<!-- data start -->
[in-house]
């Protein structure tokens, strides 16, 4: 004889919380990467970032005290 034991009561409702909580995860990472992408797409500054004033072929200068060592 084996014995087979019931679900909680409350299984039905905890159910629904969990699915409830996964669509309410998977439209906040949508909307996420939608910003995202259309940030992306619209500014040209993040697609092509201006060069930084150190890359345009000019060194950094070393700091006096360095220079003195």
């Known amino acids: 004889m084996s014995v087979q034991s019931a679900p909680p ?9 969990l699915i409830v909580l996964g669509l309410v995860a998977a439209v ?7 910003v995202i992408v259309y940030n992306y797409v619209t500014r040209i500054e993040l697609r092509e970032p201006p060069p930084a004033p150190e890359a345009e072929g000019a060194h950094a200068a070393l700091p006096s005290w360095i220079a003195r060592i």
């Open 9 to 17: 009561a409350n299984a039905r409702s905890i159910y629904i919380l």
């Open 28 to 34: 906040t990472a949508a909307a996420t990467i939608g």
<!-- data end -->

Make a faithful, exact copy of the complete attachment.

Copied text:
[in-house]
């Protein structure tokens, strides 16, 4: 004889919380990467970032005290 034991009561409702909580995860990472992408797409500054004033072929200068060592 084996014995087979019931679900909680409350299984039905905890159910629904969990699915409830996964669509309410998977439209906040949508909307996420939608910003995202259309940030992306619209500014040209993040697609092509201006060069930084150190890359345009000019060194950094070393700091006096360095220079003195």
């Known amino acids: 004889m084996s014995v087979q034991s019931a679900p909680p ?9 969990l699915i409830v909580l996964g669509l309410v995860a998977a439209v ?7 910003v995202i992408v259309y940030n992306y797409v619209t500014r040209i500054e993040l697609r092509e970032p201006p060069p930084a004033p150190e890359a345009e072929g000019a060194h950094a200068a070393l700091p006096s005290w360095i220079a003195r060592i």
């Open 9 to 17: 009561a409350n299984a039905r409702s905890i159910y629904i919380l």
């Open 28 to 34: 906040t990472a949508a909307a996420t990467i939608g």